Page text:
Cocaine abuse, for which there are no FDA-approved pharmacological treatments, is associated with long- term neurobiological and functional alterations underlying decreased affect/motivation, impaired decision- making, sleep disturbances, and an exaggerated response to cocaine-related cues that are associated with high rates of relapse. Human imaging studies report a state of ?hypofrontality? (e.g. reduced blood oxygen level dependent [BOLD] activation in the prefrontal cortex [PFC] in response to cognitive challenge), yet increased response (e.g. increased BOLD response) to cocaine-related cues in abstinent cocaine users. Preclinical studies provide evidence that altered mesocorticostriatal glutamatergic (Glu) signaling underlies some of these changes. For example, increased glutamate-mediated synaptic plasticity in the PFC, NAc and ventral tegmental area (VTA) are present following extended cocaine self-administration (SA). Exposure to cocaine- related cues increases Glu (via cortico-accumbal) and DA concentrations (via cortico-VTA driven DA release) in the NAc and attenuating these enhanced responses in the NAc represents a promising avenue for relapse prevention. Inhibiting Glu function via negative allosteric modulation (NAM) of the metabotropic glutamate (mGlu) receptor subtype, mGlu5 attenuates cocaine self-administration (SA) and cue-induced reinstatement of cocaine-seeking behavior in rodents and nonhuman primates. The overall goals of the proposed studies are to 1) understand functional and neurochemical changes in the PFC and NAc in awake rats at rest and in response to cocaine-related cues during abstinence following a cocaine self-administration (SA) regimen that models compulsive drug use (6-h long access SA); and 2) test the hypothesis that inhibition of glutamatergic function via mglu5 NAMs will attenuate the behavioral, functional and neurochemical response to cocaine- paired conditioned cues that contribute to relapse. The proposed studies will systematically assess functional and neurochemical changes in the cortico-accumbal circuit related to cue-induced reinstatement (preclinical model of relapse), by utilizing fMRI and microdialysis techniques in awake rats. The studies proposed during the K99 phase of the application will examine the effects of the full mGlu5 NAM VU0409106 on cue-induced reinstatement, cue-induced changes in BOLD response (Aim 1) and on cue- induced changes in Glu and DA concentrations in the PFC and NAc using microdialysis (Aim 2). These studies will provide the applicant with the expertise to independently establish and conduct awake fMRI and microdialysis studies in awake rats. In the studies proposed in Aims 3 and 4 (R00 portion) the applicant will test the hypothesis that newly developed and characterized partial mGlu5 NAMs, compared to full mGlu5 NAMs, will be equally effective in attenuating cue-induced reinstatement and the underlying neurochemical and functional correlates in the PFC and NAc, yet will exhibit a broader therapeutic window. The therapeutic index of full mGlu5 NAMs is limited by adverse side effects, including cognitive impairments and psychotomimetic-like effects. Partial mGlu5 NAMs, represented by M-5MPEP, attenuated cocaine SA and discrimination within a dose range that also produced antidepressant- and anxiolytic-like effects, but in contrast to full mGlu5 NAMs did not induce sedation or potentiate PCP-induced hyperlocomotion. We will examine effects of the partial and full mGlu5 NAMs M-5MPEP and VU0409106 on measures of attention, working memory, arousal and sleep, indices of cocaine-induced disorders during abstinence, to examine broader therapeutic potential or adverse effects. Development of partial mGlu5 NAMs represents an unprecedented opportunity to investigate the ability of these ligands to mitigate multiple behavioral components that are associated with cocaine relapse. Furthermore, these studies directly align with NIDA's mission to conduct translational research examining environmental factors that influence the neurobiological mechanisms contributing to addictive behaviors and exploring novel pharmacological treatment approaches. As recently highlighted by Dr. Volkow and colleagues, developing translational biomarkers that can identify disease symptomatology, trajectory or treatment response is integral for developing treatments for relapse prevention (ACS Chem Neurosci 2015). The proposed studies integrate two such translational measures of CNS function. The proposed studies align with the long-term goals of the applicant in developing a successful independent research laboratory integrating highly translational behavioral and functional assessments with the skill set to understand underlying circuitry and neurochemistry. The outcome of these studies will undoubtedly provide compelling support for multiple avenues of research directly pursuing cocaine addiction studies and provide the foundation for researching neuropsychiatric disorders comorbid with addiction. The research and development plan outlines a cohesive strategy to meet these long-term goals as well as the short-term goals of training in functional imaging and to strengthen the neuroscience background for the applicant, to complement the strong behavioral pharmacology background and established EEG methodology. The collaborative nature and extensive expertise across multiple areas spanning chemical synthesis, in vitro and in vivo assessments, drug discovery efforts and clinical collaborations provides an enriching environment to develop a well-rounded principle investigator with the skills to run a highly productive and innovative independent research laboratory.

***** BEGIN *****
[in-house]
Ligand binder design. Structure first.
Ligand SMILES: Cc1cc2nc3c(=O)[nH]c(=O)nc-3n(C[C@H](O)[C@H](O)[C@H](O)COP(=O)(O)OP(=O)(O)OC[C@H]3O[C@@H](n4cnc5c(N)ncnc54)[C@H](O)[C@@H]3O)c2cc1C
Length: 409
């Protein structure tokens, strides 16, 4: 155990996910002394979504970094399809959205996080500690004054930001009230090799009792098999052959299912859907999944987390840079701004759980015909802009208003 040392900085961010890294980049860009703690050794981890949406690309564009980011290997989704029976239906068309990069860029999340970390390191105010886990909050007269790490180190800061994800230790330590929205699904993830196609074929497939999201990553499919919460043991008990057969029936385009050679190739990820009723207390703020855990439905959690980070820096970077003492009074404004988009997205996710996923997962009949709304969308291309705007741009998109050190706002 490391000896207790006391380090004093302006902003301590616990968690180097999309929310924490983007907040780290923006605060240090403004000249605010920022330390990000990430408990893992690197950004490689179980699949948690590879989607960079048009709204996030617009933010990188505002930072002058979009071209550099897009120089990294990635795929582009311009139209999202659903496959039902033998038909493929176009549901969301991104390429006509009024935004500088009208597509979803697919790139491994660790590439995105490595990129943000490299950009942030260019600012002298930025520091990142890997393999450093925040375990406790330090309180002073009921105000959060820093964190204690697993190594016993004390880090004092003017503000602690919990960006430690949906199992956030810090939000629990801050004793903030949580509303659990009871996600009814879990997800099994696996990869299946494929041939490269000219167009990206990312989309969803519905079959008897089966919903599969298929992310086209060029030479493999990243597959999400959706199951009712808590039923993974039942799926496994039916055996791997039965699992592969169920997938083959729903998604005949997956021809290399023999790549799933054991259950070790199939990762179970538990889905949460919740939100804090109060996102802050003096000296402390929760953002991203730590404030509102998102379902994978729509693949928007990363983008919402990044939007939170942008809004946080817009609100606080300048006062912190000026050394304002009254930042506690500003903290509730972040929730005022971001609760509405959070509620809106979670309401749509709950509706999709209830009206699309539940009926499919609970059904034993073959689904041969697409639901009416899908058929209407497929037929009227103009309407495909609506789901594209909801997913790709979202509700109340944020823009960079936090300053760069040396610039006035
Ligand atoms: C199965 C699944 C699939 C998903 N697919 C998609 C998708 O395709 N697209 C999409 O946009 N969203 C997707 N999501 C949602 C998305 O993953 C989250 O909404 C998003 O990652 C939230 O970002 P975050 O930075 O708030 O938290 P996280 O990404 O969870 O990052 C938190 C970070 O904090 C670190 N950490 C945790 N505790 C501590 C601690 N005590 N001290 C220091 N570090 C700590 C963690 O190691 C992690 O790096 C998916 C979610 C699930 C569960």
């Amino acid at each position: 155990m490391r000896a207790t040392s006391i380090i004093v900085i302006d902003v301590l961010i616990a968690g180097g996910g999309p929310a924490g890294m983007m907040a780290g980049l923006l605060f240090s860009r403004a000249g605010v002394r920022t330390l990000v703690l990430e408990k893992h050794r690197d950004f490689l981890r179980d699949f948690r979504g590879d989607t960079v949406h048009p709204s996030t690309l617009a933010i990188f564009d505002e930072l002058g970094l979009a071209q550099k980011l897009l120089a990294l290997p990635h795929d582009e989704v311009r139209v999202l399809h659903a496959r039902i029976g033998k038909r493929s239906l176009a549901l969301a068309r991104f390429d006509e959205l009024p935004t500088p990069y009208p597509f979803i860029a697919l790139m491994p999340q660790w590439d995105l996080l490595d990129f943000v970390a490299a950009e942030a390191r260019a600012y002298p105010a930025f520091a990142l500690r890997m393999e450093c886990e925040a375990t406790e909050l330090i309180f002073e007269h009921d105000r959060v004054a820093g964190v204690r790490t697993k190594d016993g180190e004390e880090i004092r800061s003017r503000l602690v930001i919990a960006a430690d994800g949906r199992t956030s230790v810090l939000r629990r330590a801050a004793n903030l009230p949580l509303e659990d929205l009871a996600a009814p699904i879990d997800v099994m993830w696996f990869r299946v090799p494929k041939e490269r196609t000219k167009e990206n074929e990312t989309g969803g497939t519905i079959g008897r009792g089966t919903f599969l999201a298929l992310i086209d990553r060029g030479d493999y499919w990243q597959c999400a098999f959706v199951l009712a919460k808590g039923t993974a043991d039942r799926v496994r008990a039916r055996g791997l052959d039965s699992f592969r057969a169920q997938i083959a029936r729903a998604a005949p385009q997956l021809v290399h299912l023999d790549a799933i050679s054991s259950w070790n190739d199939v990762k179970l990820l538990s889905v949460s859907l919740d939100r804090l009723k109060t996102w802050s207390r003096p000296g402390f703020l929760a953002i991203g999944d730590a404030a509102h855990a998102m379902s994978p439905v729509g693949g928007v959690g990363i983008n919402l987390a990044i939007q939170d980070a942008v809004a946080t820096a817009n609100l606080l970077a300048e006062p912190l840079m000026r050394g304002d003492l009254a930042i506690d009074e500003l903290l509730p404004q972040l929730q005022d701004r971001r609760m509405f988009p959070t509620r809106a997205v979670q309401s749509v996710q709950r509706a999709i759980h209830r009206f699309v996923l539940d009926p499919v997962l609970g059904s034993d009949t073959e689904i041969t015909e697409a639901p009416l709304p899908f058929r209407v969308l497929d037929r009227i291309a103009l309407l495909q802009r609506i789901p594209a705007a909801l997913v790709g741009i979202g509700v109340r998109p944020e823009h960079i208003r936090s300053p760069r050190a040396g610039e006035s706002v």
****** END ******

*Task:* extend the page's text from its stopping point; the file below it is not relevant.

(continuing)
Public Health Relevance

Cocaine abuse, for which there are no FDA-approved drug treatments, is associated with long-term changes in the brain that contribute to altered behaviors such as decreased motivation, impaired decision-making, sleep disturbances and a hyper-responsiveness to cocaine-related environmental cues that are associated with high rates of relapse. We propose to test the hypothesis that changes in glutamate function, the primary excitatory chemical in the brain, specifically in the prefrontal cortex and nucleus accumbens (PFC and NAc; regions involved in decision-making and reward, respectively) contributes to the exaggerated response to cocaine-related cues and can be attenuated by reducing glutamate release via negative allosteric modulation (NAM) of the metabotropic glutamate (mGlu) receptor subtype, mGlu5. We will examine cocaine-induced alterations and effects of mGlu5 NAMs on the PFC-NAc brain circuit using behavioral models of cue-induced relapse, awake fMRI and microdialysis in rats with a cocaine self-administration history and cocaine-nave rats to examine functional and neurochemical changes associated with cocaine-cue exposure, while also establishing therapeutic index of partial versus full mGlu5 NAMs as innovative treatments for relapse prevention.

National Institute of Health (NIH)
National Institute on Drug Abuse (NIDA)
Research Transition Award (R00)
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Special Emphasis Panel (ZDA1)
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Sorensen, Roger
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Wake Forest University Health Sciences
Schools of Medicine